As many people know I have always argued for a sensible approach to public finances, and at both the County and Borough Councils I have always put forward costed budget alternatives based on imaginative but prudent financial planning as well as calling for a more commercial and sensible approach to both raising money and deciding how it is spent.
The continued overspends and ongoing financial position at the County Council has long been of great concern to me, and I have often argued that this is partly of the Council’s own making because of their reluctance to think more imaginatively.
Going into a national election therefore it has been with great interest that I, like a lot of members of the public, have spent some time looking at the plans of any future Labour Government.
The current Conservative Government have tripled the national debt and borrowed more money than any other British Government in history, and these needs to be addressed. I am not against borrowing money but only if there is a prudent business case to do so.
Borrowing for day-to-day expenditure can be done in the short term but it is not sustainable and the current Government’s record in doing this has become a real concern.
Labour’s Fiscal Credibility Rule then is exactly the sort of thing I was hoping to see in the manifesto. Designed with the help of economists it is based on the principle that the Government should not be borrowing for day-to-day revenue spending while acknowledging that borrowing to actually invest in the economy, with a view to generate a return through economic growth, is not only sensible but is a good thing to do.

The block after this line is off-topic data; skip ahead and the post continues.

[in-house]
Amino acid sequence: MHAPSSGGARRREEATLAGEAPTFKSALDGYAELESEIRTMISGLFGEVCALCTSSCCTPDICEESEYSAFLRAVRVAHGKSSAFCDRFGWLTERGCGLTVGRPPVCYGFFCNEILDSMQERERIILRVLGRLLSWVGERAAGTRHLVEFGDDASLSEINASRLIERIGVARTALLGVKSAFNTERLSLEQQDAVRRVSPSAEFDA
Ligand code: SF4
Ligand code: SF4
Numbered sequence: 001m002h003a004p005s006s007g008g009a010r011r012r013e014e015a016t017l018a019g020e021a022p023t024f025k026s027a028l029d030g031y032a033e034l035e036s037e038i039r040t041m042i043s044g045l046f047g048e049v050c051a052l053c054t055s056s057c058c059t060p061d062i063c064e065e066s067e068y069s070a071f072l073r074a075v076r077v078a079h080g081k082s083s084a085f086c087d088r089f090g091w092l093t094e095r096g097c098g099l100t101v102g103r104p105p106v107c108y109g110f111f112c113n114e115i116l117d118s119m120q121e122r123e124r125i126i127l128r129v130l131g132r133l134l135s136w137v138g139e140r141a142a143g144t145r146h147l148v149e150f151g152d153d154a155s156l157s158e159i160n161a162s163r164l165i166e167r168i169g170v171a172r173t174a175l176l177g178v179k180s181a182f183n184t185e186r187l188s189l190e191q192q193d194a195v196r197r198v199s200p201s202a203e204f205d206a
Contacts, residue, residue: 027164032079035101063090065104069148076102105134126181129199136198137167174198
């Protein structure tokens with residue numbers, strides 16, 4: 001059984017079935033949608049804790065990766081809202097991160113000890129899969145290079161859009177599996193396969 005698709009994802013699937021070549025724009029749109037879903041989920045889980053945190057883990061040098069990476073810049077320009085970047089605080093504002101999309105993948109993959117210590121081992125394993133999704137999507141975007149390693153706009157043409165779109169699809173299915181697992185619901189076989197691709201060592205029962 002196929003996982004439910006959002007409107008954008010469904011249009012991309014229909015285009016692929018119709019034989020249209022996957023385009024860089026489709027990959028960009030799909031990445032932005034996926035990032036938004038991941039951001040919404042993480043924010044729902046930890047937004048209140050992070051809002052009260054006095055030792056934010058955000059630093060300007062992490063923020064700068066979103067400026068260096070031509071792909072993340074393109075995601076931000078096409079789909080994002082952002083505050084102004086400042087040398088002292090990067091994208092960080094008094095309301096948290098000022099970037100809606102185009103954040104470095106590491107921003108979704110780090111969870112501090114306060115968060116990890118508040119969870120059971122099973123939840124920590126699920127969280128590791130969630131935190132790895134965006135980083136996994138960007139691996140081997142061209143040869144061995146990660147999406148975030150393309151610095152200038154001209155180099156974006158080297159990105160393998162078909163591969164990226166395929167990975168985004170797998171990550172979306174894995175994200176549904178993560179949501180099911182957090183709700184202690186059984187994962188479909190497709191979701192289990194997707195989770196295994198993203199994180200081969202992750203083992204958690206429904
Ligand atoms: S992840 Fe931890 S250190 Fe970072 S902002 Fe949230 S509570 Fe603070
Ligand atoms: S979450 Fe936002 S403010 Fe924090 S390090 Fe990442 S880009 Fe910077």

The previous Chancellor’s reluctance to do this in the early part of his office, coupled with the massive cuts in public spending he oversaw, effectively put a stranglehold on the economy and put a squeeze on growth which in turn created a need for further revenue spending (welfare payments for the unemployed for example) which in turn contributed to the huge public debt we currently have.
Labour is committed to reduce the level of national debt is lower at the end of the next Parliament than it is today which in turn also frees up money for day to day expenditure because of lower interest payments.
But for me one of the most exiting plans Labour have is to strengthen a truly independent Office for Budget Responsibility. This will be made accountable to Parliament as a whole. As far as I am concerned, the Office for Budget Responsibility was set up with this role in mind, but for the last few years I’ve heard politicians from all sides simply quote their figures for their own political advantage. Giving this independent body a greater say would put sensible checks on Government spending and allowing parliament as a whole to oversee their work gives even further oversight.
Labour needs the economy to work and to use public finances to help kick start economic growth while keeping a watchful eye on borrowing for revenue, along with allowing more parliamentary debate and a greater independent roll for the Office for Budget Responsibility. This has to be a good thing and I welcome these plans.